Will all of that be enough to make the Kinect a success? It’s really hard to say. But those are the points that Microsoft needs to focus on if they really want to make this thing work.


  1. would b great if it wasnt 4 v ridiculous price, also wasnt this what they were going 2 do with 4 cam when it came out,which is been neglected. playstation move is only £39.99 or £49.99 with came and disk.

  2. Ah, but you’re not counting the extra controller or two you’ll need for the Move. You won’t be able to get the full experience with just the starter pack. Plus, you know, you need controllers for your friends 🙂

  3. JoeRo

    I just don’t dig the whole motion control fad. I’ve played the Wii extensively and it just doesn’t do it for me. My buddies and I quickly swapped out the half-assed motion controllers for 4 dedicated game birds when we first started playing SSB:brawl, and years later we’re still using them. I get the whole idea behind it, but I it’s just not fun for me.

    With the Kinect I see the potential for really cool fitness and dance based games, really anything that relies on mo-cap should be fun, but it’s such a small slice of an enormous pie. Beyond that though, I just have to have controller in my hand. When I interact with stuff in the real world I’m not waving my hands about or dancing around, I’m interacting … with STUFF. Actual tangible stuff. Driving a car without touching a gamepad or steering wheel doesn’t feel more realistic to me, it feels, I don’t know, kind of slipshod. What happens if I sneeze in forza motor sport? Do I suddenly veer off the track or into another car? How does one move forward or backward in games, running in place? The whole thing just reeks of gimmick to me, in much the same way that 3d does for movie viewing (for me at least). I need that physical connection to the game, even if its in the form of a little plastic controller.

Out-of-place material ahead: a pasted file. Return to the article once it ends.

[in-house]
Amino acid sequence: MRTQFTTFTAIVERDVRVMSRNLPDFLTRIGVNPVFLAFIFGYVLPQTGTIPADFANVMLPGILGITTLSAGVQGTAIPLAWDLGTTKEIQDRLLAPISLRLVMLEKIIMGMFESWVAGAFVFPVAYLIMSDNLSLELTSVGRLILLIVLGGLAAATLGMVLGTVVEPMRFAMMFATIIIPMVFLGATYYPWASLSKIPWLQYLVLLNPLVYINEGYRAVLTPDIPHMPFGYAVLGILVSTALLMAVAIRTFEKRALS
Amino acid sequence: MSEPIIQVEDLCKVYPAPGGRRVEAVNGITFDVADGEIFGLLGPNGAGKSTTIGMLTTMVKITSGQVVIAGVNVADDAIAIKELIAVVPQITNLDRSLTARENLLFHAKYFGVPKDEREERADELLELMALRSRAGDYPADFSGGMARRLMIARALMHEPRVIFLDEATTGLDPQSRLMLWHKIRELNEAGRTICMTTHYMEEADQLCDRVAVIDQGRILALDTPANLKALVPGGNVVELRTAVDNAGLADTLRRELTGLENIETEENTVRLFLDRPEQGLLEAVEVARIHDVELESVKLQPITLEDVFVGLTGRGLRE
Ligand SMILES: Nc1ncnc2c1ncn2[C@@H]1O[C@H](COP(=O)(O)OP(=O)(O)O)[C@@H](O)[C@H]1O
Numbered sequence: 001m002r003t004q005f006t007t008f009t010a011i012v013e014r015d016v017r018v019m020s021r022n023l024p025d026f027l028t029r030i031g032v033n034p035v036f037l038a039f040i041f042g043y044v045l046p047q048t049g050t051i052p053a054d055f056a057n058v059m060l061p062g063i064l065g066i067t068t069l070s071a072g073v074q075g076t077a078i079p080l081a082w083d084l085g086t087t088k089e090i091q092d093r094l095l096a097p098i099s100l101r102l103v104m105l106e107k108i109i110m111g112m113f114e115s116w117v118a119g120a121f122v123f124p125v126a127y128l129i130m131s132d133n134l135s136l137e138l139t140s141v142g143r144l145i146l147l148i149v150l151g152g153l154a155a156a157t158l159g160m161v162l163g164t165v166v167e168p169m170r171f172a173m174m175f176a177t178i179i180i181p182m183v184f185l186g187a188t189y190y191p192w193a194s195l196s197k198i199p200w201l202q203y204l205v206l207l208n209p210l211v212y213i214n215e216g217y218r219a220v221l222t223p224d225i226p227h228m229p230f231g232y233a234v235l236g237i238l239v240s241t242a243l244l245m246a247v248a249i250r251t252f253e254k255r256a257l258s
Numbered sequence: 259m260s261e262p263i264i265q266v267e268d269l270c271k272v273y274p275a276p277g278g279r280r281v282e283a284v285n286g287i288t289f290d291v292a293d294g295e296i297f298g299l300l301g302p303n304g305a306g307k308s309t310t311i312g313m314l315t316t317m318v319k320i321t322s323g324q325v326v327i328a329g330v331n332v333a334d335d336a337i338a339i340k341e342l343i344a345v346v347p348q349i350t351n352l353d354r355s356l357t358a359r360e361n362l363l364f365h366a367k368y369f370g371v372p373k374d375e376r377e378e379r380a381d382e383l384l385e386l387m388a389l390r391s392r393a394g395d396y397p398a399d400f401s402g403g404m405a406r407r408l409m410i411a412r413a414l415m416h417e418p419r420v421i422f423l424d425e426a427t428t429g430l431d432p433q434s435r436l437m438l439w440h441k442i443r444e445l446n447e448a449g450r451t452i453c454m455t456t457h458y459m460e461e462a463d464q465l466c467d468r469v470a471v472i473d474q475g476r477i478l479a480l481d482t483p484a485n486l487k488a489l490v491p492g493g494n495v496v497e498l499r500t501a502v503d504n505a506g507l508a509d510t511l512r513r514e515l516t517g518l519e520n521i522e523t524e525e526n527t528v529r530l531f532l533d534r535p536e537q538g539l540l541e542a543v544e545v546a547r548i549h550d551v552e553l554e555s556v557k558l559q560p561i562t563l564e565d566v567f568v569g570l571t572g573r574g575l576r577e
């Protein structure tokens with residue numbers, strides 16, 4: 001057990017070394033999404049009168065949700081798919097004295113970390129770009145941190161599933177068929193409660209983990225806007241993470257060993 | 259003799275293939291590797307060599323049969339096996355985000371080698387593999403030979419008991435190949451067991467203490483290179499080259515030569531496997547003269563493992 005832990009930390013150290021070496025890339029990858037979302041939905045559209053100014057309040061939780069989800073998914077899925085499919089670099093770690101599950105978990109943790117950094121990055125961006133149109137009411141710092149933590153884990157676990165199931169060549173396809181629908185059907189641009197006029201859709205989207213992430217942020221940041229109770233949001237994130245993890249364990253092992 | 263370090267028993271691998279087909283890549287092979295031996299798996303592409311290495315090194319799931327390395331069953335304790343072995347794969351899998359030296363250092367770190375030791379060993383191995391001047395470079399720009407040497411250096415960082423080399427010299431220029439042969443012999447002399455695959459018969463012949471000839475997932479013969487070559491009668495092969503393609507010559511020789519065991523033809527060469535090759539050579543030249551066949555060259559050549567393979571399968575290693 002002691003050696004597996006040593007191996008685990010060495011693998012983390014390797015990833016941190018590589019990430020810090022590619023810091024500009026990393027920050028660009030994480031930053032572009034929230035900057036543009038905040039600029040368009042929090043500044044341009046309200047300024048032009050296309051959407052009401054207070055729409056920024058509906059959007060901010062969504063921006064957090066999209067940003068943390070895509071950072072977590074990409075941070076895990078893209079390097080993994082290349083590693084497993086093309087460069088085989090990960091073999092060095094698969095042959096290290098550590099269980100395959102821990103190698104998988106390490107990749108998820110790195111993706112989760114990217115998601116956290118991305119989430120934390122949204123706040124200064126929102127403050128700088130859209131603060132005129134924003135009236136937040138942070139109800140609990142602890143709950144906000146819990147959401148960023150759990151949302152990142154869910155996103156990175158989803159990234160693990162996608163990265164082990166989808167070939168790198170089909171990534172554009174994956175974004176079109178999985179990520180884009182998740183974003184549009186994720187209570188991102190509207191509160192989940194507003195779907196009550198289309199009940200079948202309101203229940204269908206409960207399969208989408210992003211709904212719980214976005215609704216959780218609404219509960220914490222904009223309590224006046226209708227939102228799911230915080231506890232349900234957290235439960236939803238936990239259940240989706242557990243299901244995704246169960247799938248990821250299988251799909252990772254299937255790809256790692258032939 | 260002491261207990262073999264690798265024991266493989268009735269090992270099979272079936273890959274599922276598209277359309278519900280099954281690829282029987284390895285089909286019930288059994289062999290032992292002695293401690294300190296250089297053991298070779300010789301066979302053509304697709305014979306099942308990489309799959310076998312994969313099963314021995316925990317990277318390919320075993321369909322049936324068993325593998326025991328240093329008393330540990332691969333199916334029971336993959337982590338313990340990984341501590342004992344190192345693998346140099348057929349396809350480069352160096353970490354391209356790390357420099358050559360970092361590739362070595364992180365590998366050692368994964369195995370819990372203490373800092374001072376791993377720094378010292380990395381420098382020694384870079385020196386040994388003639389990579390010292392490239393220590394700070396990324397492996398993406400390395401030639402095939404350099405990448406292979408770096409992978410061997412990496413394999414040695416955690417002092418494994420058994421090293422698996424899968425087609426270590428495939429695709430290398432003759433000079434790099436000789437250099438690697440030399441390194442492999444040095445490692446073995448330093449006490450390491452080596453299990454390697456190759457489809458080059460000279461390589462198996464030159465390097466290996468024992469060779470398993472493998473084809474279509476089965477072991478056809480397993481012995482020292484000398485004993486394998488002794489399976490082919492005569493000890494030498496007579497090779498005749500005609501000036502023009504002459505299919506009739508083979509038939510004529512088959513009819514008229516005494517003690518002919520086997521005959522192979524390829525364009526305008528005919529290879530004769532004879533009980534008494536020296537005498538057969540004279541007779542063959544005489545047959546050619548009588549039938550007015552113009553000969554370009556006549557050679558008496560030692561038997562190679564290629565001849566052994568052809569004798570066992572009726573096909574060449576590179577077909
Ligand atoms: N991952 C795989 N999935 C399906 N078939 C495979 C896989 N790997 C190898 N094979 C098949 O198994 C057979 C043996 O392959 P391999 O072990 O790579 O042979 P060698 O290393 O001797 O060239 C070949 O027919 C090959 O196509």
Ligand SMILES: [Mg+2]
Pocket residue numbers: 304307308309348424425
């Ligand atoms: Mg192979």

I don’t hate the Wii, nor do I condemn the people who love it. It’s just not for me. I think MS was on the right track catering to the self-described “hard core” gamers. The kinect might give MS some of that elusive family market appeal, but it seems like a hard sell to me. I don’t know. Cool tech, but the implementation seems sort of meh.

  4. Jane Morgan

    Dance games. Fitness games. Party games. Kids games. If Kinect works well, it will help those genres. And it could maybe create new genres.

    Heavy Rain for example, controlled with Kinect. There could be game/movie hybrids that are entirely gesture based. For casual audiences.

    20 million people watched Iron Man 2. 99% of games are played by less than 2 million people.

    If we can make games accessible to a larger audience, then games can have bigger budgets, highter quality art, better stories, polish.

    Would movies be as interesting to watch if they were all made for less than a 30 million budget?

    Kinect 1.0 is weak.
    Kinect 3.0 might be the future.

  5. Whoa whoa whoa whoa whoa…. What was that? I just had to clean out three incredibly rude and juvenile comments, all made by the same person pretending to be three different people. I will not tolerate that behavior here. These comments are monitored and will be moderated.

Leave a Reply

Your email address will not be published. Required fields are marked *